MISSOULA — Doing your job is a phrase heard like clockwork in college football.
Alex Gubner is the living embodiment of that for the Montana Grizzlies.
The senior defensive tackle doesn't stuff the stat sheet, but he doesn't have to in order to make his impact felt. Odds are, if Gubner's doing his job — whether that's eating up blocks or something else — a Griz teammate gets a chance to make a play.
"Defensive line ain't pretty, you've got to be violent, you've got to be physical, you've got to get after people and that's what I'm about," Gubner said. "Just disrupting, that's the goal, and having guys like Braxton Hill, Riley Wilson, Levi (Janacaro), Kale Edwards, Hayden (Harris) ... they're getting sacks, that's awesome, and I still have to celebrate with them."
It's a selfless model and career Gubner has carved out, but it's a role he's been more than willing to embrace.
"Whoever tells you, 'I don't want to make big plays, those flashy plays,' is lying, there's nothing better than getting a big sack or a really big stop, and everyone's going crazy. Your teammates are around you. But it's about the team and making plays for our team, our defense, if we go out and win and beat a team up, that's what I want, that's what I think is the most important thing," Gubner said.
"When you watch the film, I think coaches can see what I'm doing, but it's all about the team and doing what's best for them."
The West Hills, California, native arrived to Montana in 2018 where he redshirted, and he started out of the gates as a freshman in 2019.
In that season, Gubner was moved to defensive end, and in unique fashion, he led the Grizzlies in interceptions with four that season, as Gubner was a fast learner to the college game.
"I came in and wasn't expecting to play," Gubner said. "I'm going to grind and wait my turn and all that stuff, and it happened early which is great, but I also learned a lot. It wasn't like I started and all of these crazy great things happened on the field. I'd say I learned a lot and made a lot of mistakes and I grew from it and got better from it.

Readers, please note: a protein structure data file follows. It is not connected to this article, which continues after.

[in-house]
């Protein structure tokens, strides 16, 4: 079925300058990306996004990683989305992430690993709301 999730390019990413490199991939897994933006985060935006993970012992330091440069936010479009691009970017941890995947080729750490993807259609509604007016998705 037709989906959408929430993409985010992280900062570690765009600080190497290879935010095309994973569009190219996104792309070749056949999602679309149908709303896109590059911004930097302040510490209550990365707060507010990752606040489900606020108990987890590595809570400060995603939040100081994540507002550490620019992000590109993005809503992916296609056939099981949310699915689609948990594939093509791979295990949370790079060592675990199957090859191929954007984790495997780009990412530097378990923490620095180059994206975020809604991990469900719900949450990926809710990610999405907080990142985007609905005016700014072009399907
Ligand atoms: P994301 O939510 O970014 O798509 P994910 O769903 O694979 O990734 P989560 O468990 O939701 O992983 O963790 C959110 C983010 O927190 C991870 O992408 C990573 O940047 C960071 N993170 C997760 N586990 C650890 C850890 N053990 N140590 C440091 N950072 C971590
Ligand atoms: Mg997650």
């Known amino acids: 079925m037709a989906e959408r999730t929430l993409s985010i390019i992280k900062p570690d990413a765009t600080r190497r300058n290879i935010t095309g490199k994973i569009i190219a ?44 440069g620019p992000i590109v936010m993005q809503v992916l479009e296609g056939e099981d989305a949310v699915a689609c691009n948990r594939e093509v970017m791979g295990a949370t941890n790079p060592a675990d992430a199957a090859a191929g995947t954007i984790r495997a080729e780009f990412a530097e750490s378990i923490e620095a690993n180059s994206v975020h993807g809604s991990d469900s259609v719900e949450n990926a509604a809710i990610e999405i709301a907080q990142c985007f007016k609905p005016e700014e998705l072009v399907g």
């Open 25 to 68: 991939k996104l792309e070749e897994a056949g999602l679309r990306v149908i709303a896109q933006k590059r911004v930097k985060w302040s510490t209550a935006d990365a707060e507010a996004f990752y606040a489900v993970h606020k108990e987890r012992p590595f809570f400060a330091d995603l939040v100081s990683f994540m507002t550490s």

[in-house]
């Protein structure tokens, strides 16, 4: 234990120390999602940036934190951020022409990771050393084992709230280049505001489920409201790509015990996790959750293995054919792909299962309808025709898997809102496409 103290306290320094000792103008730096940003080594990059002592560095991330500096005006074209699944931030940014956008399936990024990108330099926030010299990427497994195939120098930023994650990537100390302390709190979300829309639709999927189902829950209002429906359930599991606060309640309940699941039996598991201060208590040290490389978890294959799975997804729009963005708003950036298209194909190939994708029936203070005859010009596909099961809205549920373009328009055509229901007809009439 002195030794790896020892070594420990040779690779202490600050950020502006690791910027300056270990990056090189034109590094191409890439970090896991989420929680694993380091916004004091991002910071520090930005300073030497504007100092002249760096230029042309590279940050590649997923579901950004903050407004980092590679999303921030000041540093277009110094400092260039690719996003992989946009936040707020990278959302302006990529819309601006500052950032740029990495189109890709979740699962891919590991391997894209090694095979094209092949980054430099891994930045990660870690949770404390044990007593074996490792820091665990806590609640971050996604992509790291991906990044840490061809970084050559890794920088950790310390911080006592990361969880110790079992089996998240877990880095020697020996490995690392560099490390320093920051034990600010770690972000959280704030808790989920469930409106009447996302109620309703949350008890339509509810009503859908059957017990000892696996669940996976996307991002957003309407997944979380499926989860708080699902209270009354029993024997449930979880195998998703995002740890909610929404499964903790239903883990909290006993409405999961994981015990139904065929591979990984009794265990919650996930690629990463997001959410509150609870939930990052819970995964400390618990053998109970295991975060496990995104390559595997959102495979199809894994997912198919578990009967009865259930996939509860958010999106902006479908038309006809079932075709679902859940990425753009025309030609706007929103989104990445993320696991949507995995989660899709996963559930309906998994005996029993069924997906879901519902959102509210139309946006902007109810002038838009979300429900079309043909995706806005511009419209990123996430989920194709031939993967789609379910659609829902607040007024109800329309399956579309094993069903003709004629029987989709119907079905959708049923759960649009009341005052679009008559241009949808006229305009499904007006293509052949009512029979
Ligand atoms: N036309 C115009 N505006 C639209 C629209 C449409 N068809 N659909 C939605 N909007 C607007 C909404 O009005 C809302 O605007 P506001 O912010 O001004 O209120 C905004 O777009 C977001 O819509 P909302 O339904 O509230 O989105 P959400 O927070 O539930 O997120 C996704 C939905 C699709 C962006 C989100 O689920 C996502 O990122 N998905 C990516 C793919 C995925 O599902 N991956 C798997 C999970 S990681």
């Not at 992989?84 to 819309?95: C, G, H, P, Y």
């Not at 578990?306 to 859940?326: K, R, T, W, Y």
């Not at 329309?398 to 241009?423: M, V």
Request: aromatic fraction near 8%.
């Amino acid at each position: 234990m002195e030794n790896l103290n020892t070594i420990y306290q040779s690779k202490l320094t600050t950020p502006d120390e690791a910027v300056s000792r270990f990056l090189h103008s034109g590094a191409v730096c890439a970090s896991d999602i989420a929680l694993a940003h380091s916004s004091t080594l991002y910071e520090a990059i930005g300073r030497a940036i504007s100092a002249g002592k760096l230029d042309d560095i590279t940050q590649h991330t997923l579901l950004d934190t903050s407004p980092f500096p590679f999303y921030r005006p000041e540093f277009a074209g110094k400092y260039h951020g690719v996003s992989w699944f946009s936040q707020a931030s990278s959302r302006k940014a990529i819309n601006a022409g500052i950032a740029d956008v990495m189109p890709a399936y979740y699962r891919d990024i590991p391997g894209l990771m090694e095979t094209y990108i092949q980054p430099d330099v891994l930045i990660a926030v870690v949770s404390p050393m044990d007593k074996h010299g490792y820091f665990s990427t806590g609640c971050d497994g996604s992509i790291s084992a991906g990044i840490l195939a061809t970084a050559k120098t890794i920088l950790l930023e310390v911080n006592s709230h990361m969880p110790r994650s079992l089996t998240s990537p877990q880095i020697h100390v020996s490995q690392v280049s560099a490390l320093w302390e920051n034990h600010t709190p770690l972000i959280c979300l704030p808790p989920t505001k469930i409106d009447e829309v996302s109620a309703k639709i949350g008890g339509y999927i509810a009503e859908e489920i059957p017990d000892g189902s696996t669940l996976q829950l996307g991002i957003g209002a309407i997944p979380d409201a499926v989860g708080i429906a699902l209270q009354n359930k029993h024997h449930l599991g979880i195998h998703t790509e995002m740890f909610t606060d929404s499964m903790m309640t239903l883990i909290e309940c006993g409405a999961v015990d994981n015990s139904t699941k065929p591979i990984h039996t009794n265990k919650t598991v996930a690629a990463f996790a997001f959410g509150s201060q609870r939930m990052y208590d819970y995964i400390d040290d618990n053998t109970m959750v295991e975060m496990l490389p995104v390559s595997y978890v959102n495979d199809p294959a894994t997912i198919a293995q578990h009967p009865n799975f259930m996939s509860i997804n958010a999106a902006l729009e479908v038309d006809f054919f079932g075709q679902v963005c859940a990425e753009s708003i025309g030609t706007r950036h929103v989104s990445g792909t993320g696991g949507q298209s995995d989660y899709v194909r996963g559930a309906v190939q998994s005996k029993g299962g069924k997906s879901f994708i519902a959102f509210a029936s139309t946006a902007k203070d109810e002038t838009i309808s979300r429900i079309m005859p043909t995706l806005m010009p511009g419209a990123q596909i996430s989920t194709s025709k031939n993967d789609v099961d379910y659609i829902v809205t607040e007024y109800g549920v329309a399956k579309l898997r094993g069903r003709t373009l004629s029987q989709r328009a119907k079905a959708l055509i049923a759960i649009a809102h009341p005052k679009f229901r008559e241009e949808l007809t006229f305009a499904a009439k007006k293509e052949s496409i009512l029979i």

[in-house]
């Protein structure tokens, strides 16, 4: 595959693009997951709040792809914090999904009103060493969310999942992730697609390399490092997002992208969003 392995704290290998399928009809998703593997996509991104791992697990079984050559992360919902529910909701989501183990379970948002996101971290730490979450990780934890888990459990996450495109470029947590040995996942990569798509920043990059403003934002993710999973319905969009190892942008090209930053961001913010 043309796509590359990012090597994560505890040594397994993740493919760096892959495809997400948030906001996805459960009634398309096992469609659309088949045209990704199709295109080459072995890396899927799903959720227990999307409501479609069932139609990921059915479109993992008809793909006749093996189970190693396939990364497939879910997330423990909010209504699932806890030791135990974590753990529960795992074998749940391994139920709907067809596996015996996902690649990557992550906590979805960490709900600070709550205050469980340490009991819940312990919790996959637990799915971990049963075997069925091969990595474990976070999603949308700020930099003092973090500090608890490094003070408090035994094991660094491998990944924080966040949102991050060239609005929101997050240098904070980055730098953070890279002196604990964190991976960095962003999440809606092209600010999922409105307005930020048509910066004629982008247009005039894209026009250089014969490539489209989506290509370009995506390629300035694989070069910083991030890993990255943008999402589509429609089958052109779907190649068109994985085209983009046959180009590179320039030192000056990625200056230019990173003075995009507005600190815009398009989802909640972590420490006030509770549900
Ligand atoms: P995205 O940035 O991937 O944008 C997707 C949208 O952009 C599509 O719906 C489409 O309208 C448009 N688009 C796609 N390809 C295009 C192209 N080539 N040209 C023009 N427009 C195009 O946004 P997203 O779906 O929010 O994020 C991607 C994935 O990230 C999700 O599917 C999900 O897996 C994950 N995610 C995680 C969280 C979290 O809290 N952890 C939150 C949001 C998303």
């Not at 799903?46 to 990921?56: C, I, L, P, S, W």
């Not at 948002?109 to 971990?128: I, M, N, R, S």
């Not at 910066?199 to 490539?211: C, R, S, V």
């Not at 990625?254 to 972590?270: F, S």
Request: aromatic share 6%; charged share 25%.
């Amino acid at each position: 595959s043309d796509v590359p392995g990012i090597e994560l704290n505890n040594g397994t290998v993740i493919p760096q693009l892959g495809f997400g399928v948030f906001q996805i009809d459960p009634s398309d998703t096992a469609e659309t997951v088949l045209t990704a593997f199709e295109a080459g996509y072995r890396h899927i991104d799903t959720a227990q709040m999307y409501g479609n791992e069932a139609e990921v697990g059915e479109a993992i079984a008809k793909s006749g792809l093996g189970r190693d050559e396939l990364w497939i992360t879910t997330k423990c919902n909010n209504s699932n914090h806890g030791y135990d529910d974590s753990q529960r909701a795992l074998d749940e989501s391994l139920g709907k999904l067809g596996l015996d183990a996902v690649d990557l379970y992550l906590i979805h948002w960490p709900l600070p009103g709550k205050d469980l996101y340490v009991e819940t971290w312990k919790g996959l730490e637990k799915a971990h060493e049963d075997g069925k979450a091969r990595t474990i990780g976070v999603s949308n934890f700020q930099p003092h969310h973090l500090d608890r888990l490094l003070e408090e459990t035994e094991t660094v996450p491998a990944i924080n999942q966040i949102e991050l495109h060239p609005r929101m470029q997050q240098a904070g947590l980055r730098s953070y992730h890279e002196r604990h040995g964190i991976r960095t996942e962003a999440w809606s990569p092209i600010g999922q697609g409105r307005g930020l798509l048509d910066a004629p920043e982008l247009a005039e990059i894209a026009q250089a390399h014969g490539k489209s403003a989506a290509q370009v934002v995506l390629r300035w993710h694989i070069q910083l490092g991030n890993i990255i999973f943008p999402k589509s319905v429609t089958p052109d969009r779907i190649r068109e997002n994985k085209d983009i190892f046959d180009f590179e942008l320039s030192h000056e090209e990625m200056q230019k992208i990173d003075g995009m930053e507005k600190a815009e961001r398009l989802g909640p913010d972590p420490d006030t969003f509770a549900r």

"Just doing my job every day. Every year you play football and you learn new things. I got better at watching film, understanding what the offense is trying to do just knowing that playing fast, everything just gets better and better if you work at it and that's what I've been doing. Just trying to get better every day and it's a process. I think I'm better than I was Week 1. I find things I need to work on and I try my best to improve."
Gubner eventually moved back to defensive tackle where he's been the starter ever since, and last season he was a first-team All-Big Sky Conference selection thanks to his disruption on the line.
"It felt good because my stats aren't eye-popping," Gubner said. "People don't see my stats and think a lot, but I think it means a lot because the coaches are watching film and the coaches are game planning and they notice it, and that's what those accolades are pretty important."
So far this season, Gubner has picked up where he left off with 21 total tackles, 3.5 for loss and one sack. In his career so far, he's totaled 148 tackles, 22.5 TFLs, 8.5 sacks, four interceptions and one forced fumble.
The home stretch is here for Gubner and No. 7 Montana (6-1, 3-1 Big Sky), and he's enjoying another impactful season, as well as the final ride with his teammates in his new home, as Gubner plans to stay in Montana when his football career concludes. He's already graduated with a degree in business management and is currently in UM's MBA program, which he plans to wrap up in the spring.
"My teammates," Gubner responded when asked what stands out about his time at UM. "I think college is a big deal for even non-athletes. Just the people you meet, the friends you make, the connections you make, they last a lifetime and I'm in a locker room with great dudes and I hope to stay connected to a lot of them, and I've made so many lifelong friends in that senior class alone and other guys below."